From The Guardian:
With its white leather sofas, fake fur upholstery and green shag-pile carpet that lines even the ceiling of the legendary “Jungle Room”, nobody could accuse Elvis Presley‘s home, Graceland, of being in good taste. But it certainly pulls the crowds: more than 600,000 visitors flock to the Memphis mansion every year.
Fifty miles away, across the Mississippi river in Arkansas, a beat-up, Depression-era farming community is hoping to emulate that success. The starting point for the tiny settlement of Dyess’s ambitions could not be further from Elvis’s opulent home – a delapidated, single-storey wooden farmstead, located along a dirt road on the edge of town.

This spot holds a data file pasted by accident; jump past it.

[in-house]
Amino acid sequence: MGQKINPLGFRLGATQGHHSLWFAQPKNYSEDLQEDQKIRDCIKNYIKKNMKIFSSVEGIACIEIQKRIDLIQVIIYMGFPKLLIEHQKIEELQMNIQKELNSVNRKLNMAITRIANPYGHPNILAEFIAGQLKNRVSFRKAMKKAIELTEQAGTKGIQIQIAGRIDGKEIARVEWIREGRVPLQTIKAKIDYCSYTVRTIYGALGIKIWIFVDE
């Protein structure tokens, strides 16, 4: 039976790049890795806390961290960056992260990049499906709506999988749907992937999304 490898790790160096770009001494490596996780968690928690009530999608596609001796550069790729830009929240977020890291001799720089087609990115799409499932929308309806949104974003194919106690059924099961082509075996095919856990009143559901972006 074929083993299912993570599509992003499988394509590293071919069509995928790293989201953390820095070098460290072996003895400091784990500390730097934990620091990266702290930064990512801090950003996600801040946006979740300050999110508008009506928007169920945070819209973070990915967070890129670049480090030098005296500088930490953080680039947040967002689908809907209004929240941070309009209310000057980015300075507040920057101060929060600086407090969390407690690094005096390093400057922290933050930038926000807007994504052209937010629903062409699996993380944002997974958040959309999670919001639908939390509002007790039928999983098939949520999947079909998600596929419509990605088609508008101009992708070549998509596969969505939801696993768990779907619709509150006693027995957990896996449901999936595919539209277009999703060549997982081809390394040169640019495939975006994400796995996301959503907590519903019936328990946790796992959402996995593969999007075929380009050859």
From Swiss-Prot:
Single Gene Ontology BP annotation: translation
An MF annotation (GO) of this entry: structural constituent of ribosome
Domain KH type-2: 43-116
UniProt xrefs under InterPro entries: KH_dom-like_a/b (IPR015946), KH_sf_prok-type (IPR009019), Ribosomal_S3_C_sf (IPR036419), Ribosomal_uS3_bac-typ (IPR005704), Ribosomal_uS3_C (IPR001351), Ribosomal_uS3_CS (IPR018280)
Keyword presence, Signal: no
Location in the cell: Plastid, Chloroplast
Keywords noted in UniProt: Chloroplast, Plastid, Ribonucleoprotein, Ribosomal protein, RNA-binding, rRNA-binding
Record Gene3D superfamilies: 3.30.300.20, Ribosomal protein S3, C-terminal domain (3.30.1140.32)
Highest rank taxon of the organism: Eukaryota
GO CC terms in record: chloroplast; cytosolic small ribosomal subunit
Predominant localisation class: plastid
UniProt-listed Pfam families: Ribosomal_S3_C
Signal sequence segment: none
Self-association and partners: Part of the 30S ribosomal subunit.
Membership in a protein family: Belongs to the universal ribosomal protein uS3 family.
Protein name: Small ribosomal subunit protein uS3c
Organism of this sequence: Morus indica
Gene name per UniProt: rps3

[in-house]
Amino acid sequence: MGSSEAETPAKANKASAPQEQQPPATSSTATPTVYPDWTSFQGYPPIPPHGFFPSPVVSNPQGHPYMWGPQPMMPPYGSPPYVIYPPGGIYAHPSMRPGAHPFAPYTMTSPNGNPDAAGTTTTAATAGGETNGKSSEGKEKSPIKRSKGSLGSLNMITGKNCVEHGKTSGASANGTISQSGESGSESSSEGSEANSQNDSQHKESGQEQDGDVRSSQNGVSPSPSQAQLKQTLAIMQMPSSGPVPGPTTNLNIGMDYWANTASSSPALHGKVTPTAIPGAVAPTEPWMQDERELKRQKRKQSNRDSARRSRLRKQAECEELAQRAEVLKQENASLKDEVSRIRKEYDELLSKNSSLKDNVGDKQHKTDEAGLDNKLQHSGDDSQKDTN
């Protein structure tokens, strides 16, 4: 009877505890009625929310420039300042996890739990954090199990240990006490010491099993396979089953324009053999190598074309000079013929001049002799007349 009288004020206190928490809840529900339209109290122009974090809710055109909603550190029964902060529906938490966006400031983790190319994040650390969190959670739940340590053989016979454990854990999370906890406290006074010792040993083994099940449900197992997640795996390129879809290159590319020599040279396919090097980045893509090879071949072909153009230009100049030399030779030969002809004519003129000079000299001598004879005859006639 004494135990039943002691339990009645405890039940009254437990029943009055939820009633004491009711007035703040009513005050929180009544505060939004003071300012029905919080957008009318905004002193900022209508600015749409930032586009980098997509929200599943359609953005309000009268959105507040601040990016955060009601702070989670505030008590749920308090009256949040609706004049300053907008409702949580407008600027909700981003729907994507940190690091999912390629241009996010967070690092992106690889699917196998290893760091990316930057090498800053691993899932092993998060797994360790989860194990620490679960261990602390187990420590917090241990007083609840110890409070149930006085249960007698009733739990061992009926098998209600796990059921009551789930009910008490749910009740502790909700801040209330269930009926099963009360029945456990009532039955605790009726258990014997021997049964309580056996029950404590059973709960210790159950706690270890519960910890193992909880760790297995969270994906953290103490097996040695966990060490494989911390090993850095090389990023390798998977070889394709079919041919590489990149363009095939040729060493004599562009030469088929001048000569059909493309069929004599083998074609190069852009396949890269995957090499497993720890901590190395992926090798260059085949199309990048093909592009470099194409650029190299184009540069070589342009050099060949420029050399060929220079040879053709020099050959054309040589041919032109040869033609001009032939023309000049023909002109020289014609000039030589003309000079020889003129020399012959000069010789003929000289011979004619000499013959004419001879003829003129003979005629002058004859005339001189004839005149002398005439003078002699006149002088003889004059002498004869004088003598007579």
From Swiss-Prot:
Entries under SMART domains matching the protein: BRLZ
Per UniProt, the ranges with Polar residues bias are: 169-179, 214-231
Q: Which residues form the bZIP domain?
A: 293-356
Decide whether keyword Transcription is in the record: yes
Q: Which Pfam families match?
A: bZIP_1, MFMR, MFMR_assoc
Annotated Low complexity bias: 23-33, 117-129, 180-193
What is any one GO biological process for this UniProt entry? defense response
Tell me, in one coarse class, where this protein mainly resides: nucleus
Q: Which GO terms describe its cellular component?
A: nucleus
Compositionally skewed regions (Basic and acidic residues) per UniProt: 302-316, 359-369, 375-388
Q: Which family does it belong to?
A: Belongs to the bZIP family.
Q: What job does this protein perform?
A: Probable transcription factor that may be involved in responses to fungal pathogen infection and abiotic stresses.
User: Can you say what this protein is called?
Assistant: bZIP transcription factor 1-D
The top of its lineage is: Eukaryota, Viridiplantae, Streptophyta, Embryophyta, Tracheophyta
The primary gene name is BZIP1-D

But it has a secret ingredient: a music legend of its own. Johnny Cash, the Man in Black, spent his childhood in that house, living in Dyess from 1934 through to the 50s. Now, nearly a decade after his death, Cash’s family home is being returned to its original state as the anchor attraction of a $10m tourist project on the back of the singer’s global celebrity.
There will, however, be one major difference from the Elvis mansion. Just as Dyess was born out of a social experiment to give people hit by the Depression, like Cash’s parents, a second chance, the hope is that the Cash connection will give the entire town and its population of 500 a fresh start, transforming the dusty delapidated streets into a living museum of the era. Or as the people behind the plan call it, a “socially responsible Graceland”.
Continue reading the rest of the story on The Guardian